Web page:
It is a fact that 1 out of 4 countries on this planet is an island! That is the conclusion that I just came to as I was going through the countries we still had to travel to.
Indeed, out of the 196 countries that we are traveling to, there are 49 island nations. Sao Tome and Principe is one of those nations. It consists of two main islands : Sao Tome… and Principe… You probably guessed…
This country is the smallest Portuguese speaking country in the world. It is also the second smallest country in Africa after the Seychelles, a country that we took you to with a recipe very similar to the recipe I am chose to talk about today. Some would say that I procrastinated… others would say that I dodged Africa again with a dessert of Portuguese and Brazilian flavors rather than African. Yes, you probably know by now if you have been following us, we have yet to fully embrace African cuisine, but we’re getting there… well OK, it’s not like we have the choice this week as it is the continent where we have the most countries to still travel to.
Sao Tome and Principe is located off the coast of Gabon in the Gulf of Guinea, about 200 miles from the coast. The islands were uninhabited until their discovery by the Portuguese in the late fifteenth century. As Portugal wanted to colonize these new uninhabited islands without risking Portuguese lives, the King expelled 2,000 Jewish children whose family had earlier fled the Spanish Inquisition to find refuge in Portugal. Only 600 of them were still alive a year later.
The cuisine of Sao Tome and Principe is obviously influenced by Portuguese cuisine. Most recipes are either Portuguese or Brazilian such as canjica, a dessert based on typical Brazilian corn, which is similar to hominy and I would definitely try to make on my next virtual stop in these islands… if I can find this ingredient. I only had canned hominy and not dry in my kitchen’s “secret cave”.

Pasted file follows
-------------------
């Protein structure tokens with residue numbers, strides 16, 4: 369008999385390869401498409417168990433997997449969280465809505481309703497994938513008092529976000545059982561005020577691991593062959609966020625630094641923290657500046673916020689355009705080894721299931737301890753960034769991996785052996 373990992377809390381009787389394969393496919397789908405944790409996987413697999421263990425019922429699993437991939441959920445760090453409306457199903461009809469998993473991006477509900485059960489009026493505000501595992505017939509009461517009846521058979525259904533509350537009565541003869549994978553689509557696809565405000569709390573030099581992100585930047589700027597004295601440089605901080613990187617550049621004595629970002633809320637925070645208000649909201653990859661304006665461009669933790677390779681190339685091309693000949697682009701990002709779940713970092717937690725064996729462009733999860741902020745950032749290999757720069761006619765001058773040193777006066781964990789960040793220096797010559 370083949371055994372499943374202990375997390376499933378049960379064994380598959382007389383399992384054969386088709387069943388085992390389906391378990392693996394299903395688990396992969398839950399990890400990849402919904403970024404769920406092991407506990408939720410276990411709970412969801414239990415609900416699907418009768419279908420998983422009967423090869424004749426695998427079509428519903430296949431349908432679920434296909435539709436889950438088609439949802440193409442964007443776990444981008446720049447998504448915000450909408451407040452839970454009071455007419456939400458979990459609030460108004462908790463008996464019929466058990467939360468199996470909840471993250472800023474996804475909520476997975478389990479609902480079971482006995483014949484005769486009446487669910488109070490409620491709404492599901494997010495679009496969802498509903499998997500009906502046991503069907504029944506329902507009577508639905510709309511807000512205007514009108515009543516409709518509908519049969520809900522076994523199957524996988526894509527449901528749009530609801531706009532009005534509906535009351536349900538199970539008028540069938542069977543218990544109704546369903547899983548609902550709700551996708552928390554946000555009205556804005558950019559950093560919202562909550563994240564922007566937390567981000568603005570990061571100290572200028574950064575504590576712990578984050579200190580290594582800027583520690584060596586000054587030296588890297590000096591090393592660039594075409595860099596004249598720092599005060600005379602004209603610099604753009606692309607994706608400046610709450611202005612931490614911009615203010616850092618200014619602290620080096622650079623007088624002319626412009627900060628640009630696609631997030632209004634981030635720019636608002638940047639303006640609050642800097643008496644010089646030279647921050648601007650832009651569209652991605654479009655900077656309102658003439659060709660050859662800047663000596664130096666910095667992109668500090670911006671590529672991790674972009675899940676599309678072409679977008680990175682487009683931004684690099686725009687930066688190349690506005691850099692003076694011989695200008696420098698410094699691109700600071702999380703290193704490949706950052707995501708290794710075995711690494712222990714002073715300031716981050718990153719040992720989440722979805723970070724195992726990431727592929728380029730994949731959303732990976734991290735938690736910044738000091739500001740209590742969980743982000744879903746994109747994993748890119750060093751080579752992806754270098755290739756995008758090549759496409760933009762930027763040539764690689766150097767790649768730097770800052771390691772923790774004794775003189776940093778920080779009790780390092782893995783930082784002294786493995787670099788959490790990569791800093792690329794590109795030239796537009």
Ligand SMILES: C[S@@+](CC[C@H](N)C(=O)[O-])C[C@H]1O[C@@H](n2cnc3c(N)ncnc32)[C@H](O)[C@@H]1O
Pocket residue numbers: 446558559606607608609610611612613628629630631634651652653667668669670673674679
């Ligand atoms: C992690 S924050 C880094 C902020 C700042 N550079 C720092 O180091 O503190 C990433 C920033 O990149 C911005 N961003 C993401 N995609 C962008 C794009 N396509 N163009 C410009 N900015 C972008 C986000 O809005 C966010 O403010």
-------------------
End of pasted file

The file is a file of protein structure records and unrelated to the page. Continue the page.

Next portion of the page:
Regarding our recipe of the day, this is a dessert that is also found in Brazil under the same sweet name of sonhos de banana, or banana dreams in Portuguese. No comment here, everyone can dream about what he wants!
Fairly standard donuts in their composition and cooking method except the fact that there is crushed ripe banana in the batter. Those donuts traditionally have a more rounded shape and are smoother… however, you will notice in my pictures that I opted for the more “homemade” look, we shall say. I just thought it was more traditional. I should have paid attention to the pictures of these banana dreams on the web. The donuts are also traditionally dusted with cinnamon sugar. Except cinnamon is not allowed to enter my home as I simply hate it. This is really the only ingredient.
These sweets definitely brought happiness last weekend. The sonhos de bananas were eaten by the whole family. Yes, it’s fat and greasy. But the plan is to start the diet tomorrow , right?
- 4 bananas , peeled
- 2 tablespoons sugar
- 1 cup flour
- ½ cup milk
- 1 egg
- Cinnamon sugar
- Oil (for frying)
- Mash the bananas with a fork and mix with the sugar and flour.
- Whisk together milk and egg then stir in the banana mixture to form a batter.
Heat oil in a deep fryer or saucepan to 350F/180C.
- Pour batter a tablespoon at a time into hot oil and fry for about 5 minutes, turning halfway through cooking, until the donuts are golden brown.
- Drain on paper towels and serve dusted with cinnamon sugar .